Tornado Terror and Capitalist Calamity

Images of the destruction caused by the recent onslaught of violent tornadoes resembles that of the victims of American imperialism, completely levelled by bombs and explosions. The similarity continues, the victims of the ruin being composed of the poorest and most dejected from society.

Bombing raids, missile attacks, and destruction as a result of war is a clear act of violence that is easily visible. When it comes to natural disasters, nature is called the perpetrator. The death and debris is the result of an unfortunate accident instead of deliberate killing. This is how capitalist society rationalizes its effects. The terror from the sky in both cases are manufactured catastrophes from the capitalist shop of horrors.

April 25-28, 2011

April saw the greatest monthly record for tornadoes in the United States, with over 875 reported. The previous record for any month was 542. The tornado outbreak that marched across the South between April 25 and April 28 was the deadliest in almost a century, claiming over 322 lives, 237 in Alabama alone.1

Over 330 tornadoes touched down during those three days, including 3 that ranked a five on the Enhanced Fujita scale, the most powerful of tornadoes.2 The storms made their arrival in Arkansas and traveled eastward, with catastrophic damage being dealt in Mississippi, then to Alabama, Georgia, Tennessee, and dissipating around Kentucky.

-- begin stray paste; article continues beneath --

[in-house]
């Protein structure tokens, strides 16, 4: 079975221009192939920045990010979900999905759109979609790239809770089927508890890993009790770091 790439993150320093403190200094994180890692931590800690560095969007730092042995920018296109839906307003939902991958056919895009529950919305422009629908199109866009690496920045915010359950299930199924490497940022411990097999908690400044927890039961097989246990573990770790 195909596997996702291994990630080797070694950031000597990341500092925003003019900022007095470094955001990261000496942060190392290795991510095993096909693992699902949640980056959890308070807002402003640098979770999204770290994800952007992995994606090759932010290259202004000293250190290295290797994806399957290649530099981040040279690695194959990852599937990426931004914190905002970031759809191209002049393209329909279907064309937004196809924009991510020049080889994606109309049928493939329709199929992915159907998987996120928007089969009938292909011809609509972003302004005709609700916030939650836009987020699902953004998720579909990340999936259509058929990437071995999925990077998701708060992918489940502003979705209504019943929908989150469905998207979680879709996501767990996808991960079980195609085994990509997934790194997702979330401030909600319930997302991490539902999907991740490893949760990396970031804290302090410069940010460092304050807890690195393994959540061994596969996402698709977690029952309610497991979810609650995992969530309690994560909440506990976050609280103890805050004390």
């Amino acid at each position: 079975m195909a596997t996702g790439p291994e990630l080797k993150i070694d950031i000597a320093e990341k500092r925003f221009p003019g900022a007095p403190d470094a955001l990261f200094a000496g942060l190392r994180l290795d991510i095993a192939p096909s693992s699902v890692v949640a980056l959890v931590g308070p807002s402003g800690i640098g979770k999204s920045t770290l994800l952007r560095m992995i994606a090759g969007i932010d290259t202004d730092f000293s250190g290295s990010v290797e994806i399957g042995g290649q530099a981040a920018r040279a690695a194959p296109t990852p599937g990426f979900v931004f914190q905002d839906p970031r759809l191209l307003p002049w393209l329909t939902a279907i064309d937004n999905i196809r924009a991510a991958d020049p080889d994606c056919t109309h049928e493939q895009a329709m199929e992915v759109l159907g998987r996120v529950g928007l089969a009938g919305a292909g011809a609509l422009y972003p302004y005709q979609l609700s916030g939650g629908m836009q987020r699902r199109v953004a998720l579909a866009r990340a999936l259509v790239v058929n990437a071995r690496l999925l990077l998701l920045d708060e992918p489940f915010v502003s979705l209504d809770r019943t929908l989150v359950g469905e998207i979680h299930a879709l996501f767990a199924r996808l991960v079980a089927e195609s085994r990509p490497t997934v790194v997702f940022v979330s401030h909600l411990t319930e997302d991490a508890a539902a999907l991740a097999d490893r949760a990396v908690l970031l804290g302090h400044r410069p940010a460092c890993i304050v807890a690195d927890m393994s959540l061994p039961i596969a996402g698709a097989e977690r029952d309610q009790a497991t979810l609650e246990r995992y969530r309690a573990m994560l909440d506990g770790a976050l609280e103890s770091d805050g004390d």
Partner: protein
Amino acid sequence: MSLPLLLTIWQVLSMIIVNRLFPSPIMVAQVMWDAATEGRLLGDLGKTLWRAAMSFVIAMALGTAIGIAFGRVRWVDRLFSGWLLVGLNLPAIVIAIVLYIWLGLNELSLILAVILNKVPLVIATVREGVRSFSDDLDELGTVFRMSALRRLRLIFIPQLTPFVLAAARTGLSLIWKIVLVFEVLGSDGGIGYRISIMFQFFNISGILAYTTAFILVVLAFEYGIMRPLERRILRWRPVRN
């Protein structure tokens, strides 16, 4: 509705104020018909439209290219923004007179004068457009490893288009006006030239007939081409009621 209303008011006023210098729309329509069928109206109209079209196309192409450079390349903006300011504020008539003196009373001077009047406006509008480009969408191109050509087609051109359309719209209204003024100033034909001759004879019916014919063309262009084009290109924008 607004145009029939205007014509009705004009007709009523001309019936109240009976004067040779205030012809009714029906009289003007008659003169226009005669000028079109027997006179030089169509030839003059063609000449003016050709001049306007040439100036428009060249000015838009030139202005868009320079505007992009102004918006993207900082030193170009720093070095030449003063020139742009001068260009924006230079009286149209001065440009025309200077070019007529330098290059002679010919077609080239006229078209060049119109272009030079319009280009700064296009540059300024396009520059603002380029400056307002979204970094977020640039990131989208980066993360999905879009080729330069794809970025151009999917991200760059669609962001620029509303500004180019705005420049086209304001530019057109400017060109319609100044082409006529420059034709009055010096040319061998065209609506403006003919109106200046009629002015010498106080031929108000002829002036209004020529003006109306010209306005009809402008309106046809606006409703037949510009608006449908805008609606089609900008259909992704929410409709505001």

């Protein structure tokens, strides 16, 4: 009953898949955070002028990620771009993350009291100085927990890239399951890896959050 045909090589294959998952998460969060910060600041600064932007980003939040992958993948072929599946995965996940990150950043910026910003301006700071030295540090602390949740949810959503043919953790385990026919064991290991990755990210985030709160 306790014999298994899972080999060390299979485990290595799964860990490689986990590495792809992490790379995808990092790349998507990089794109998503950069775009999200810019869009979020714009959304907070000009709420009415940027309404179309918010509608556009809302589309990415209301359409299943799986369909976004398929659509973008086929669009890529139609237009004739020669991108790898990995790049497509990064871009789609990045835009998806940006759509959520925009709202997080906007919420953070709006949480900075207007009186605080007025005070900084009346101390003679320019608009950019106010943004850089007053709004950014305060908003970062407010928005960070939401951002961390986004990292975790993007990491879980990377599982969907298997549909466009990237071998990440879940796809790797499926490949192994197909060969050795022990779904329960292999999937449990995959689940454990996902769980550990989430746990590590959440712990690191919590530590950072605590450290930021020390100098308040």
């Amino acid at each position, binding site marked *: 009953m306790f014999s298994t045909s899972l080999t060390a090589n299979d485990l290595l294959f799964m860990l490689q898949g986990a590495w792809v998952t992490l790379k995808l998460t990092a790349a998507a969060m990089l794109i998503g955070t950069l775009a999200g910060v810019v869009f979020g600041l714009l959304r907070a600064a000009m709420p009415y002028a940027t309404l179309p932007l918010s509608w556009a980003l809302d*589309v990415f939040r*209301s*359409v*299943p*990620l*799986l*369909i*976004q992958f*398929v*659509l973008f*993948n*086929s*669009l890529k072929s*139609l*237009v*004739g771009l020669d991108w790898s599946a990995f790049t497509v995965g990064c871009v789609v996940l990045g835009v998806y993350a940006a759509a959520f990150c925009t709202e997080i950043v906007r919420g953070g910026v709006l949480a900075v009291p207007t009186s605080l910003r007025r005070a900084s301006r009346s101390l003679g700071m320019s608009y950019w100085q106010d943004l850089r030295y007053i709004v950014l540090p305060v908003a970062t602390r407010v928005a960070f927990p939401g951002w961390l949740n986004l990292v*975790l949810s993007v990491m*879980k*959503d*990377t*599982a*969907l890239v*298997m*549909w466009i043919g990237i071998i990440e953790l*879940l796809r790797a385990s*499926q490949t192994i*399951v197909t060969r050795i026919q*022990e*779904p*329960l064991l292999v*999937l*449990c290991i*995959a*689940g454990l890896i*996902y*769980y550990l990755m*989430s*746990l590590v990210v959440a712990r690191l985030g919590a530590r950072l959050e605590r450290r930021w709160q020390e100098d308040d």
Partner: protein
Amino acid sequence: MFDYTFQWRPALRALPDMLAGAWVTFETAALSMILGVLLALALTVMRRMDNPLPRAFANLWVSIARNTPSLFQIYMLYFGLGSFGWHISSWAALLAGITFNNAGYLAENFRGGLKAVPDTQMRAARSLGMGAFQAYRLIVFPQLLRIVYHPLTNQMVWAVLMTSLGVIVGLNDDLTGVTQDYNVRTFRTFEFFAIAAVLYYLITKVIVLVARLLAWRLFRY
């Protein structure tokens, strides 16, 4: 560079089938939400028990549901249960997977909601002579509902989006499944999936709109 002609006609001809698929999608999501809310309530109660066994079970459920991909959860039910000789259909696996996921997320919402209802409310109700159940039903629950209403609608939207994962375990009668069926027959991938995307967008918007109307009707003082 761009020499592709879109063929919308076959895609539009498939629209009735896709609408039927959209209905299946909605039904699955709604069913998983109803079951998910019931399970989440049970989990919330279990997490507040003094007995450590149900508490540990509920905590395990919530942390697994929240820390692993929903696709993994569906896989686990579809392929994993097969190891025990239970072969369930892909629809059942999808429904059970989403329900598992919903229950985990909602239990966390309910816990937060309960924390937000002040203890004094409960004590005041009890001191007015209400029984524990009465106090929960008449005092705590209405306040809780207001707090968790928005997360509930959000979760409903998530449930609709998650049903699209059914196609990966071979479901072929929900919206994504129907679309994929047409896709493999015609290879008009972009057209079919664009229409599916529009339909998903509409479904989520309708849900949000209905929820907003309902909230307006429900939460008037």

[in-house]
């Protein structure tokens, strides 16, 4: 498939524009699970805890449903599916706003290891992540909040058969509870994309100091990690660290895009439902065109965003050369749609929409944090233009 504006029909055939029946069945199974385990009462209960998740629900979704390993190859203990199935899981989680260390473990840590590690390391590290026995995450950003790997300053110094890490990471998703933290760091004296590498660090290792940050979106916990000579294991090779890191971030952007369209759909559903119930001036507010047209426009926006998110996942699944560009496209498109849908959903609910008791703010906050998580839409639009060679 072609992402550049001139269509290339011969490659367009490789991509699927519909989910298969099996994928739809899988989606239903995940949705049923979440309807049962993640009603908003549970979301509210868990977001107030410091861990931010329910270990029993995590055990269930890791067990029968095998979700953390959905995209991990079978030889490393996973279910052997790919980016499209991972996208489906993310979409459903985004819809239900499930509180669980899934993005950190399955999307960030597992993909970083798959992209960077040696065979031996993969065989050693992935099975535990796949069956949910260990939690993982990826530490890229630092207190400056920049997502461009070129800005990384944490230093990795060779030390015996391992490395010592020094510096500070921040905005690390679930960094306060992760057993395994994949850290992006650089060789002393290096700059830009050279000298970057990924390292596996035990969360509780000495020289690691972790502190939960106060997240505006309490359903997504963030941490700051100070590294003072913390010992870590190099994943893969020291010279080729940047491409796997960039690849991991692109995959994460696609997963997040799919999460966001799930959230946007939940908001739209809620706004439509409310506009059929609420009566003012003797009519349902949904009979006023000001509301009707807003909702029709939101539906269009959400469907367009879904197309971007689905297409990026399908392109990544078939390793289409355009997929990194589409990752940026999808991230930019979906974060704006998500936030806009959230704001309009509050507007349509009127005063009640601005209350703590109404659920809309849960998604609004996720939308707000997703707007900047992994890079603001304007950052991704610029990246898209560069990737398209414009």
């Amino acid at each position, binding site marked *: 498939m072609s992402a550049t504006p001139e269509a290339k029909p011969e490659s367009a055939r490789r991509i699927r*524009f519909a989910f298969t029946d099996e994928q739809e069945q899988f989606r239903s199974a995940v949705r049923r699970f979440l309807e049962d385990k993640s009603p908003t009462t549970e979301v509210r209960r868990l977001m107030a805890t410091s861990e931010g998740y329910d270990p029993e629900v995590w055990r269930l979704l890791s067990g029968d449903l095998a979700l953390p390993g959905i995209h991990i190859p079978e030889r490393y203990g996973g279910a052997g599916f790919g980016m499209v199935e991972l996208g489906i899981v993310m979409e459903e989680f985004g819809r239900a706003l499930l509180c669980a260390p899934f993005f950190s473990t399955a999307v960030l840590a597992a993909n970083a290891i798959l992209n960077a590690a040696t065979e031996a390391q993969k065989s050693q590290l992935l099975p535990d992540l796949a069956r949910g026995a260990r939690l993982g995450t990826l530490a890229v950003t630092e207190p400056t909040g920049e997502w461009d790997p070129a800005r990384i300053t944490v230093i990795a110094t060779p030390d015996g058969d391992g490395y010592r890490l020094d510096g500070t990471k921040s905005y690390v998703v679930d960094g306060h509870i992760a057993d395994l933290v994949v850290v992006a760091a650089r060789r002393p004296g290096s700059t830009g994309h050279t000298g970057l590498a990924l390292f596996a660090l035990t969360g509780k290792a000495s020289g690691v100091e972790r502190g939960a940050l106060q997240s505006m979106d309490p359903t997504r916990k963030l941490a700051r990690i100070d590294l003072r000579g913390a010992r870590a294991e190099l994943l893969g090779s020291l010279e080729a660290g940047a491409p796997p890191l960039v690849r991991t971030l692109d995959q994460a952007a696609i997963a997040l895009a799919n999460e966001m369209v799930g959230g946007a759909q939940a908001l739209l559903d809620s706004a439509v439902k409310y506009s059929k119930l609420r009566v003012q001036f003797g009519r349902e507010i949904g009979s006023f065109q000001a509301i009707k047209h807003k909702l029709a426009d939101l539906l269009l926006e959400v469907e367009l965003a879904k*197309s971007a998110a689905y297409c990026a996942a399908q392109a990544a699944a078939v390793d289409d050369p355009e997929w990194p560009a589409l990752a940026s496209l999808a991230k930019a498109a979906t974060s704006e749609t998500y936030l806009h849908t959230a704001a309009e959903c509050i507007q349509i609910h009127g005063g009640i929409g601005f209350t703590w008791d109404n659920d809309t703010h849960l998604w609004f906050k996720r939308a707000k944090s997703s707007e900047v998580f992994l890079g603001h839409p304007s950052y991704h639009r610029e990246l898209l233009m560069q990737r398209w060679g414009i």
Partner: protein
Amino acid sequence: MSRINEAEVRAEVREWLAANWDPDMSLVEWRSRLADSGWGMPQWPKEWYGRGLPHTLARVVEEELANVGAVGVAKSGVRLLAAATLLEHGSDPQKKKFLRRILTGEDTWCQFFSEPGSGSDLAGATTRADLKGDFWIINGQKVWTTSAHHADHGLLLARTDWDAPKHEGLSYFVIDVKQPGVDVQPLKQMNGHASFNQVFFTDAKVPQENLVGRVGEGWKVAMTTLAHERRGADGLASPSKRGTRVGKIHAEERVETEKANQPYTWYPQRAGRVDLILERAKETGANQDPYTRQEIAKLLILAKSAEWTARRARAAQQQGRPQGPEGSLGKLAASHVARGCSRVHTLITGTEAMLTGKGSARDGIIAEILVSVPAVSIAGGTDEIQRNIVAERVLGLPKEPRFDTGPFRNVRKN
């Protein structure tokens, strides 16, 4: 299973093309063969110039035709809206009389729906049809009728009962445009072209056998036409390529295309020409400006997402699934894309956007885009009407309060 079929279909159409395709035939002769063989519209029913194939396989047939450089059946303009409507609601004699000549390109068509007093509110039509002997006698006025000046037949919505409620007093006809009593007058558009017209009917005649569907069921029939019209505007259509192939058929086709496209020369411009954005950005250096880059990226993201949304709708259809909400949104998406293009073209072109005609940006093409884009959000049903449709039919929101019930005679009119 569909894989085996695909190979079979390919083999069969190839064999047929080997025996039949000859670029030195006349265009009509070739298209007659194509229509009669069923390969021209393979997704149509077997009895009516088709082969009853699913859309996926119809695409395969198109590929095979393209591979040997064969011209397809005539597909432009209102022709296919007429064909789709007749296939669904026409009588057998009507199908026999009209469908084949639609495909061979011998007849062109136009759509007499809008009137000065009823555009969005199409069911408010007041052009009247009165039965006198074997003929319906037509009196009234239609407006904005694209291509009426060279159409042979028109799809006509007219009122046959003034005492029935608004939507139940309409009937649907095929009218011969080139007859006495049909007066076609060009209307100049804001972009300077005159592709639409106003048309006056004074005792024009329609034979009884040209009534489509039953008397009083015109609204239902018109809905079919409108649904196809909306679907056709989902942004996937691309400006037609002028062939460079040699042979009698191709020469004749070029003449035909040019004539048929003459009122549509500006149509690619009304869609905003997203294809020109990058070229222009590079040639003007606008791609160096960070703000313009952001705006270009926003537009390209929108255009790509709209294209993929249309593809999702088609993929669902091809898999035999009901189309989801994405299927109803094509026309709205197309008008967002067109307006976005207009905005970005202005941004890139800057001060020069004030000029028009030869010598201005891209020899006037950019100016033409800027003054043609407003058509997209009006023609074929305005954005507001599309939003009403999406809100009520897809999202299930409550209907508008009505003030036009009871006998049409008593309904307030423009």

Starting from February 1 and ending May 24, over 519 people this year have died in tornado “accidents.” The circumstances of 297 of these deaths are considered “unknown”, meaning the information on whether the death occurred in a house, a mobile home, outside, or a vehicle hasn’t been determined. However, of the 222 known deaths, 55% of these occurred in a mobile home.3

Tragedy in Joplin

Less than one month after the calamity that raged through the Deep South, another natural “accident” occurred in the small town of Joplin, Missouri on May 22. An EF5 tornado hit the town and surrounding area at 5:41 PM. The storm came and went in less than 20 minutes, but not without bringing with it the lives of over 134 people and leaving the town in a state of complete disrepair. The Joplin tornado is the deadliest single tornado since 1947.4